The photos showing Sunday’s The Real Heroes 400 winner Kevin Harvick standing by his shiny, hard-earned trophy in Darlington Raceway Victory Lane – wearing a facemask and flashing a victory sign – depict a new normal for the sport in reaction to the COVID-19 global pandemic.
What you can’t see are Harvick’s young children ecstatically celebrating in front of their home’s television set or the sport’s massive fandom high-fiving as a huge national television audience watched or listened to the race on NASCAR radio networks. The grandstands were empty, but hearts were full as NASCAR adeptly ushered in one of the first real-time sports competitions during these unusual and hyper-cautious times.
Social media was full of reaction from “first-timers” checking out the race broadcast, eager to see what NASCAR’s brand of racing is all about. And judging from the feedback – both from longtime fans and rookie race watchers – Sunday’s race action produced a lot of new converts. Most importantly, for the sport, it provided a dose of normalcy in what has become a rather unprecedented time – creating a lot of eager anticipation for Wednesday’s Toyota 500 (7:30 p.m. ET on FS1, MRN and SiriusXM NASCAR Radio).
“Things actually went smoother than we could have expected, getting all the teams in,” NASCAR Executive Vice President, Chief Development Officer Steve O’Donnell said. “Inspection went well. All in all, a good day for the sport. Excited to be back. Hopefully the fans enjoyed it on television. Odd not having the fans in the stands but we know the fans were with us in spirit for sure.”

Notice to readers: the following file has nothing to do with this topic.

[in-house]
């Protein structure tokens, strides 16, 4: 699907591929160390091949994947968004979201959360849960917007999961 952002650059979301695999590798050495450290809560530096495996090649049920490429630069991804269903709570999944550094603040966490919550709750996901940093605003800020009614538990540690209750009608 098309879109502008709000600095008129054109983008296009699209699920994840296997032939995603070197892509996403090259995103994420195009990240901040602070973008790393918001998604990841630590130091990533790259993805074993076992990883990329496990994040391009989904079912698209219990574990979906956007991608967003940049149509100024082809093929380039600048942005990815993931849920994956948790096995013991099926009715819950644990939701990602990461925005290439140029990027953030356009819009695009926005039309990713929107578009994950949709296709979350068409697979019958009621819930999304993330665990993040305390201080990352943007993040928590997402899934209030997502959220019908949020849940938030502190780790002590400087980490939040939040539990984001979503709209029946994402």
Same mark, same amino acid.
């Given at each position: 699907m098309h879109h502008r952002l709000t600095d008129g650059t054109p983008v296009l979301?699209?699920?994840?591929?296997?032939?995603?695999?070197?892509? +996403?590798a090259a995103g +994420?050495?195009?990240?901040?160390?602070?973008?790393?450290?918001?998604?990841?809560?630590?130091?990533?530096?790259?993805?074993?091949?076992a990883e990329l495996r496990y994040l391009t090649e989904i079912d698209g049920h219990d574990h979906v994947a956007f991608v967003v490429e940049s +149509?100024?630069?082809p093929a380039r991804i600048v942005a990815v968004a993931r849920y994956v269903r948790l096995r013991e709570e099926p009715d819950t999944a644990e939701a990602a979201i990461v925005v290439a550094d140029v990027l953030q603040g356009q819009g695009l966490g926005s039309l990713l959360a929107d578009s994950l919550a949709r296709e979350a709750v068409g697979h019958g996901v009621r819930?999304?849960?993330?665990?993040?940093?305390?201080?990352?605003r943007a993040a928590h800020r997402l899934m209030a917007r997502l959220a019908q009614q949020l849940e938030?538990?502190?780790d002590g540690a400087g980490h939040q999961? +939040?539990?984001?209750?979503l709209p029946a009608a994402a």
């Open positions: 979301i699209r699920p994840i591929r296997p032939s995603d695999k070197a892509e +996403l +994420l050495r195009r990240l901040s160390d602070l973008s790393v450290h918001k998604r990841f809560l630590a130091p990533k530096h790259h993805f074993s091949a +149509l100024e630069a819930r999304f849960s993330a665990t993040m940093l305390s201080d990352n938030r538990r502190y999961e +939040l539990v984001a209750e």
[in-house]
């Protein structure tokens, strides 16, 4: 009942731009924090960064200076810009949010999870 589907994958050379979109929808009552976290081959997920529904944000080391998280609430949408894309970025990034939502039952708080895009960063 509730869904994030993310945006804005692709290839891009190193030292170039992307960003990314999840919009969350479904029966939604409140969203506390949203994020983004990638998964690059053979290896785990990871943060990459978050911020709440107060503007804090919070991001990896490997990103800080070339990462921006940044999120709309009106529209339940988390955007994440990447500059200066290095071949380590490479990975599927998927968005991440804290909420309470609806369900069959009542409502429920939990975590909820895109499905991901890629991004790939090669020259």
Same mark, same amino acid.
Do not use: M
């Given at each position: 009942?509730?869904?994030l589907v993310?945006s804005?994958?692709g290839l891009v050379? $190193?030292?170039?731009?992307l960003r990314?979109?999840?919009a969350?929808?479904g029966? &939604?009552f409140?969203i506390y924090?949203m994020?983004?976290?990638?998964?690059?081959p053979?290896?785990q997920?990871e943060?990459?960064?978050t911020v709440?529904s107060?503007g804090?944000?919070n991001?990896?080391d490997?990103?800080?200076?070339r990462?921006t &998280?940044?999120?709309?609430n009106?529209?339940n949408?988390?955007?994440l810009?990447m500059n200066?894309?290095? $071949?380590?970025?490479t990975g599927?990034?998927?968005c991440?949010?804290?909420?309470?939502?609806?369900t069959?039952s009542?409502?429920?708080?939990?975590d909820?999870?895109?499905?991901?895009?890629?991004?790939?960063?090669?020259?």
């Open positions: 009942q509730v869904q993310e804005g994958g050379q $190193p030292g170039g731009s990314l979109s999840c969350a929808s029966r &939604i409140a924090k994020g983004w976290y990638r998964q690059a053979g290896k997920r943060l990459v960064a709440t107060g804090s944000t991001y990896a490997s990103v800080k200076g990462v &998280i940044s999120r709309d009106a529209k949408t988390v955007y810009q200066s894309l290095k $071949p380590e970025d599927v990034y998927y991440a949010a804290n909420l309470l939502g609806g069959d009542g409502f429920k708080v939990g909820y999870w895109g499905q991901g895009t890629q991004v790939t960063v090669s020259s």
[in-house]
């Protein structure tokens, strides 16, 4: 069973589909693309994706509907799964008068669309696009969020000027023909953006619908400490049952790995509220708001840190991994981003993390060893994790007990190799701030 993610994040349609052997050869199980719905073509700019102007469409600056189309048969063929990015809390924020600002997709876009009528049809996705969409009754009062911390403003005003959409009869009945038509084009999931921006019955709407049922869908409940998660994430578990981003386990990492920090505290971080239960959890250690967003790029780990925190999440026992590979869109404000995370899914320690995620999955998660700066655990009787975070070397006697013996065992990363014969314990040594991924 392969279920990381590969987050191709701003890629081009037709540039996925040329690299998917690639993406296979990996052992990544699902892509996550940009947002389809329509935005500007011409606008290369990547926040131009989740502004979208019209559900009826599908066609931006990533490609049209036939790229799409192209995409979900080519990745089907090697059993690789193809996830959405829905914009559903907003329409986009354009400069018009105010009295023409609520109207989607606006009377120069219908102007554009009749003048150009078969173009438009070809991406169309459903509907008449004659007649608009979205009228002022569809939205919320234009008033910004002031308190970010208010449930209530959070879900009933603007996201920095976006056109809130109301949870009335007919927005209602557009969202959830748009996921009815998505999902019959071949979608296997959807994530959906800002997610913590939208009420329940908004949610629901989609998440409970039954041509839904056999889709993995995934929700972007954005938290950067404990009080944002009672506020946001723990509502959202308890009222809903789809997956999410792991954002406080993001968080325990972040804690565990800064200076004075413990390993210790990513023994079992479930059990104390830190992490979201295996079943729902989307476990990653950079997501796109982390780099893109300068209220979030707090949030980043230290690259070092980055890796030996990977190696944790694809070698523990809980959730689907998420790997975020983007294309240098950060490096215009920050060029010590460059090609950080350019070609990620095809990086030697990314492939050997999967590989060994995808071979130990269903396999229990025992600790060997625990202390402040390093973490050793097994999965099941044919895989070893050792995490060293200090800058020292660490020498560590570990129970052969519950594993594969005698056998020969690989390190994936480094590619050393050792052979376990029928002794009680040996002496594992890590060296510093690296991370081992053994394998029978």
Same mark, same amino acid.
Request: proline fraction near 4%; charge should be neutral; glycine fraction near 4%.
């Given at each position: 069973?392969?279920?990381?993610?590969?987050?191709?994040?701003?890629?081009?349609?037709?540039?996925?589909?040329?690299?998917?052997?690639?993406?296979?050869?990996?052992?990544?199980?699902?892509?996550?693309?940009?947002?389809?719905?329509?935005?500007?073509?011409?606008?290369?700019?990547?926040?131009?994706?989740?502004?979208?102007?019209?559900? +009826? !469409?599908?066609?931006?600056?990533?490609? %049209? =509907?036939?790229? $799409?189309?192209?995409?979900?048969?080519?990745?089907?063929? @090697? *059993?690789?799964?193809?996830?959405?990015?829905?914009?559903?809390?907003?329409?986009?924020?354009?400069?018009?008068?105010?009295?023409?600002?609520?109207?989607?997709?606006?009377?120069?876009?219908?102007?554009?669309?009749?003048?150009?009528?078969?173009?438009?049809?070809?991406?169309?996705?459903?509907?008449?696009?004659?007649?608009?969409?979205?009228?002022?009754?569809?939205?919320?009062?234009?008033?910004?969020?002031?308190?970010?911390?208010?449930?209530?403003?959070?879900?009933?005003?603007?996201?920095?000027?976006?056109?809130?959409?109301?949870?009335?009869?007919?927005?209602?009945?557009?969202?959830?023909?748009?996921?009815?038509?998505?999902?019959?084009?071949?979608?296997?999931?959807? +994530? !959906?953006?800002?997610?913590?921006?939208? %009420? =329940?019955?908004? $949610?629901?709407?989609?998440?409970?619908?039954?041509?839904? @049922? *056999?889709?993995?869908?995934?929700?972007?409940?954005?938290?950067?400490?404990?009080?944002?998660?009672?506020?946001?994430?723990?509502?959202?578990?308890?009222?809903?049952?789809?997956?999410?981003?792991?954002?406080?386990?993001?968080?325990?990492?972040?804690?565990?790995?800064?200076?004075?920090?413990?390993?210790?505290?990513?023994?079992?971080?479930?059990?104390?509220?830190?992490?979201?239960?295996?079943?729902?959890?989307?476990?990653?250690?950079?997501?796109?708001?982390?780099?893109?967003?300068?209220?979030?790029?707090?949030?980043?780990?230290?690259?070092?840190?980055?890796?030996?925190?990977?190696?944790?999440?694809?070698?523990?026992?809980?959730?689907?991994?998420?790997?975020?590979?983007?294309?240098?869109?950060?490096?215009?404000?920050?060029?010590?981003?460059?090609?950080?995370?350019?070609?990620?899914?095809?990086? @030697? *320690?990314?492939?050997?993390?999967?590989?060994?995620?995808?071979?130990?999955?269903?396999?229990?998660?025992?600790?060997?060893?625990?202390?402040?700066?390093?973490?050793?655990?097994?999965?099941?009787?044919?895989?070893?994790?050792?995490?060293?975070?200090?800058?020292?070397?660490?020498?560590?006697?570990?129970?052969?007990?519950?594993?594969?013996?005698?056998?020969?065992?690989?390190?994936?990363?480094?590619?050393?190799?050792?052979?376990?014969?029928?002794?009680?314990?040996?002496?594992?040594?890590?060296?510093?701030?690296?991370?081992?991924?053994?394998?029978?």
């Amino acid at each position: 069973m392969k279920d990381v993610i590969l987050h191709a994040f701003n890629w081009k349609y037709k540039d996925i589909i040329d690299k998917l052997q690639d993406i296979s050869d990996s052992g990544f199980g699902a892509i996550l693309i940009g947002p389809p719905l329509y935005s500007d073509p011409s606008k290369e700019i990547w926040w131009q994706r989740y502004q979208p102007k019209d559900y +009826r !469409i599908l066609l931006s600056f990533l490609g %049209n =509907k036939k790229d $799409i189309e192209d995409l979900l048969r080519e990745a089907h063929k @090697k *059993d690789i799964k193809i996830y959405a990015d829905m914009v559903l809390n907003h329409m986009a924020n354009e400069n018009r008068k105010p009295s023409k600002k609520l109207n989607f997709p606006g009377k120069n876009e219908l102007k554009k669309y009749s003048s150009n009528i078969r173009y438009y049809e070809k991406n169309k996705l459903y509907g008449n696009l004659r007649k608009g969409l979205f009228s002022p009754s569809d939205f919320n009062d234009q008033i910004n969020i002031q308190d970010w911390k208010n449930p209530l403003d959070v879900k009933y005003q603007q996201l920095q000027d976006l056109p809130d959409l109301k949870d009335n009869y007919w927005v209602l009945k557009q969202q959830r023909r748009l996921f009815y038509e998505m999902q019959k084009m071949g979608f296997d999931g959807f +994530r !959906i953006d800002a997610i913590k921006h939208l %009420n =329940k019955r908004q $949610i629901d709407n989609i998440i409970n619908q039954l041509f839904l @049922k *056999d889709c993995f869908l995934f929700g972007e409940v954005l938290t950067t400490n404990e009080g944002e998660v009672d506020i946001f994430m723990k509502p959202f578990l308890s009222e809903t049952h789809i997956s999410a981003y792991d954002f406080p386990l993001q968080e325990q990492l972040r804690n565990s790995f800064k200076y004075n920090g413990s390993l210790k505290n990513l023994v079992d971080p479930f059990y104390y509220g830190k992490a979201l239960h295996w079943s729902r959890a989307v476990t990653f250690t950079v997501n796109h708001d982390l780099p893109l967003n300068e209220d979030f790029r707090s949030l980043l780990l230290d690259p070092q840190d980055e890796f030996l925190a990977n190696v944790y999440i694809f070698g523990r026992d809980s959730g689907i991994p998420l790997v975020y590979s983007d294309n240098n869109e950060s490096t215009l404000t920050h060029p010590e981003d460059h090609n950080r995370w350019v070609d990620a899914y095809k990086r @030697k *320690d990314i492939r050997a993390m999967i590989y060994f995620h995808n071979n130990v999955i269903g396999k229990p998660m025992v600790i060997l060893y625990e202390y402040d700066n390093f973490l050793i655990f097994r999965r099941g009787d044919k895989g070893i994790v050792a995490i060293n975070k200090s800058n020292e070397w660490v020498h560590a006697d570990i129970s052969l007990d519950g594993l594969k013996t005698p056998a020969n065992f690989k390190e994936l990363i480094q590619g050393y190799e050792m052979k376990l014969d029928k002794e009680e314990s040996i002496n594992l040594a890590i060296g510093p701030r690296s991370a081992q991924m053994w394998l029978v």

Former series champion Kurt Busch equaled his season-best finish (third) on Sunday and was still smiling sitting in his motor coach in the track’s infield as he participated in a video post-race teleconference with the media.
“The feelings, the nerves, the anxiety, the excitement, knowing we were in unchartered territory. I would call today a success all the way around,” said Busch, who drives the No. 1 Chip Ganassi Racing Chevrolet.
A lot of eyes were watching, from longtime loyal fans to potential new fans eager to see what NASCAR was all about. The viewership also included the country’s other major sports leagues curious to see how NASCAR initiated its return and how it fared.
And the initial reviews have been positive.
There was certainly plenty to take in on Sunday with former champions such as Harvick, Busch and Brad Keselowski sparing with talented young drivers such as race runner-up Alex Bowman and Chase Elliott.
The 1.366-mile egg-shaped Darlington track is one of the oldest facilities that NASCAR competes on and its unique shape and challenge-set has traditionally made it one of the toughest venues on the NASCAR Cup Series circuit. That innate complexity certainly made for an interesting first few competitive laps back.
Ricky Stenhouse Jr. spun out before finishing the first lap and seven-time NASCAR Cup Series champion Jimmie Johnson – who is retiring from fulltime competition at the end of the season – crashed out while leading the field as he approached the checkered flag during the first of the race’s three stages.